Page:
Please read Gen 43 – 45 beforehand
The dreaded day is upon them
As the grain in the bags gradually ran out, the fear in the hearts of the ten brothers escalated because Jacob was adamant and absolutely refused that Benjamin accompany his other sons to Egypt.
Unacceptable as guarantor
The first to offer to guarantee Benjamin’s safe return, was Reuben, but Jacob did not trust him, because he was an unstable man who had on occasion disgraced Jacob’s honour by sleeping with his concubine Bilhah (35:22). What was more, if he had so little love for his own two sons as to offer them to be killed if he did not return Benjamin safely, how could he be trusted with Benjamin’s life?
God patiently waits for the day of cleansing
Twenty years had lapsed and still the ten brothers’ horrible deed remained secret, but as cattle that are gathered from a long distance before forced through the dipping trough to cleanse them from their parasites, the dipping trough which God had patiently built for these men, was now ready. The day of revelation and squaring off was at hand, but so also their day of deliverance from their guilt and shame. The Lord allowed the noose of drought to pull tighter around their necks and they realized that there was only one way out of their predicament and that was to return to Egypt to buy grain from the ruler who was still keeping Simeon ransom.
Hunger has the last word
It was not just about themselves, for they were now grown men, and each had a family in whose needs he had to provide.
They had, had no heart for their father Jacob’s grief when they sold his beloved son into slavery and now they had to go on their knees to persuade him to be allowed to take his other son, Benjamin, with them. Twenty-two years before it had been so easy to use violence to get their will done, but now it needed humbling, pleading and faith.
God was indeed changing them into worthy patriarchs for His nation, Israel and in this He used His servant Joseph, operating in His wisdom to lead them step by step to the dipping trough of spiritual cleansing.
The drought had the last say in the matter. If they were unable to obtain food within a short while, the whole clan’s existence would be at stake. Therefore, when Judah offered to give his life as guarantee for Benjamin, Jacob finally agreed for him to accompany them.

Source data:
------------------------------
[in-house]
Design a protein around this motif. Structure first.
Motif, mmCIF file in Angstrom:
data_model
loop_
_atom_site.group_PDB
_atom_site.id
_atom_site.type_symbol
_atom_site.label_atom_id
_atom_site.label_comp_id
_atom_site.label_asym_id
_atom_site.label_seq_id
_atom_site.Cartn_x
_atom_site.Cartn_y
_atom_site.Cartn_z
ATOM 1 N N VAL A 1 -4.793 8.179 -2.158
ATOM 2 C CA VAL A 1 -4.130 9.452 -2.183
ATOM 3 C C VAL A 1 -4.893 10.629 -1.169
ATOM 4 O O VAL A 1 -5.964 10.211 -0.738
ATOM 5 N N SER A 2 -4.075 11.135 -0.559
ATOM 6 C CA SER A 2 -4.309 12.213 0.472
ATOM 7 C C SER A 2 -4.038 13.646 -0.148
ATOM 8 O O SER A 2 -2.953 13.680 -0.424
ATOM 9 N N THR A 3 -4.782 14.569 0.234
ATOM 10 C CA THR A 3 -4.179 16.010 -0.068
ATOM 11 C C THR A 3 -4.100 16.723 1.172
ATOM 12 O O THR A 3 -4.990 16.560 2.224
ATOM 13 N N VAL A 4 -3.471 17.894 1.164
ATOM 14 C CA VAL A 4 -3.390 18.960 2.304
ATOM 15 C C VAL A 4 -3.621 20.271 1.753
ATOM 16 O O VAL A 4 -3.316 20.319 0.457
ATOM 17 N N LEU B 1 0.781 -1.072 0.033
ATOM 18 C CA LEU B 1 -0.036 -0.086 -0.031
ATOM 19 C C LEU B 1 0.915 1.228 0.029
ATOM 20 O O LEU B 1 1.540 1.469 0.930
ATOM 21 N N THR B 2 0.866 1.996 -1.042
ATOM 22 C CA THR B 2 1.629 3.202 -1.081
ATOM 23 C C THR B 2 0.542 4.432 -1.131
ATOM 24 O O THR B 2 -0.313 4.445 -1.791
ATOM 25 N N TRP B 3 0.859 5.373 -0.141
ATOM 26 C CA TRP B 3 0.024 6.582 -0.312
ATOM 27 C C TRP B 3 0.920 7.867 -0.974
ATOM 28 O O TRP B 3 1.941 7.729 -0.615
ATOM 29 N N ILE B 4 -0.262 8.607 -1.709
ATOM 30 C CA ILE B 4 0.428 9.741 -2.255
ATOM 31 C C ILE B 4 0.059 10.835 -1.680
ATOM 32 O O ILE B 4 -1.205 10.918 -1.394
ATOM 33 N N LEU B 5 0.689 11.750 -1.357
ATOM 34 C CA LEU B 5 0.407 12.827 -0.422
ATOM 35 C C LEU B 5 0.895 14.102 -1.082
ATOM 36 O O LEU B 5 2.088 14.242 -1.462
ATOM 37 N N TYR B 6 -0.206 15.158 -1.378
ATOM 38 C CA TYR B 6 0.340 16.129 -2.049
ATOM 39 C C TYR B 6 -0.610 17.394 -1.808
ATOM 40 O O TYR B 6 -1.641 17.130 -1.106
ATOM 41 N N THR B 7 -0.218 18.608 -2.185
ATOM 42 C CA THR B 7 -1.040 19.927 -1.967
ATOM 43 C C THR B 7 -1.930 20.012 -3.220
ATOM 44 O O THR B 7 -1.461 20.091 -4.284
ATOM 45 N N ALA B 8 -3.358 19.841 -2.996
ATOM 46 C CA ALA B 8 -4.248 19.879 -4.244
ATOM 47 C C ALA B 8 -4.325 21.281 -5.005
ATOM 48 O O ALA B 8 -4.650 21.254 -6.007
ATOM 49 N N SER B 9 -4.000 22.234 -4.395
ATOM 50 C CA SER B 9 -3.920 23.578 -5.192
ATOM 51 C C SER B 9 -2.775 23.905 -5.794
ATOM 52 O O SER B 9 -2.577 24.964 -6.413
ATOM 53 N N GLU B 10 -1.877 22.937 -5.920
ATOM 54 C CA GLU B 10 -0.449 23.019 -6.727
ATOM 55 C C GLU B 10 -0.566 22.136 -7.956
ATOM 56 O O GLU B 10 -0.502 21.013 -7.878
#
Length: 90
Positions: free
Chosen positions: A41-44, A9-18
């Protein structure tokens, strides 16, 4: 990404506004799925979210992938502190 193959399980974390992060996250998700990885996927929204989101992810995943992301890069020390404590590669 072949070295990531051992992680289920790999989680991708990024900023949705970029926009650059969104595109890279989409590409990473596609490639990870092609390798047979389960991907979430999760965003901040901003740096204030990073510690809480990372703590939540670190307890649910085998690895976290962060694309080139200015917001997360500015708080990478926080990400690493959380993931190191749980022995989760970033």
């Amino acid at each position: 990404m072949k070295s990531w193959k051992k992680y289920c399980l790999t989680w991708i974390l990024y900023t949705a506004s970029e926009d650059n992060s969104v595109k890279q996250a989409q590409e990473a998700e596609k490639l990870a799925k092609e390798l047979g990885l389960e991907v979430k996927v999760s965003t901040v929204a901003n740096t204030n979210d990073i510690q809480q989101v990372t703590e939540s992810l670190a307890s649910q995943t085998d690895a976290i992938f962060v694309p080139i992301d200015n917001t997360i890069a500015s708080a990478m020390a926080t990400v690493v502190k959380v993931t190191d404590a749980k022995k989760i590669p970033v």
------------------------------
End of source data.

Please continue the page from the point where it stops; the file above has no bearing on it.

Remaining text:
A nail-biting journey
They took a double portion of money, as well as presents for the Ruler and set off for Egypt. These strong men however, were quiet along the way for they were concerned because they thought that their previous payments had not reached Joseph. Would they land up in goal as thieves?
Arriving in Egypt, a further shock awaited them: they were straightaway brought into Joseph’s house and had to wait there till noon. Did he do this to arrest and take them as slaves?
Carefully they explained to the officer in charge how they had discovered their money in their bags and that they had now brought it back as well as additional funds to cover their present purchases. But how ridiculous this story sounded; how could they expect the ruler to believe them? The officer however just waved it aside, explaining that it was their God Who had given them a present. They were taken by complete surprise; how would this heathen know about their God and the God of their fathers?
To put them at ease, he released Simeon from jail and brought him to join them. They saw that he had suffered no ill effects. What a relief!
Oscillating between hope and despair
Their spirits lifted and they prepared their presents to be ready when Joseph would turn up. On entering, he first of all enquired regarding the well-being of their elderly father and then, on greeting Benjamin, he was so overcome with emotion, that he hurriedly had to go aside to weep.
Then, as they sat down at table, they took further courage because they were clearly treated as guests of honour by this ruler. Had he intended evil towards them, he certainly would not have laid a table as for kings.
Then, just as they were beginning to relax, a disturbing incident occurred: the ruler himself pointed each one to where he was to sit at the table, seating them from the eldest to the youngest. Fear clutched at their throats. They furtively glanced at one-another, something supernatural was happening there. Who could this man be? If he knew their ages, what more did he know about them?
But then the food and wine was served and as the meal proceeded, they all cheered up and so did the ruler. But, there was one more unsettling occurrence: Benjamin received a portion of five times that of the others! Something was amiss, but what was it?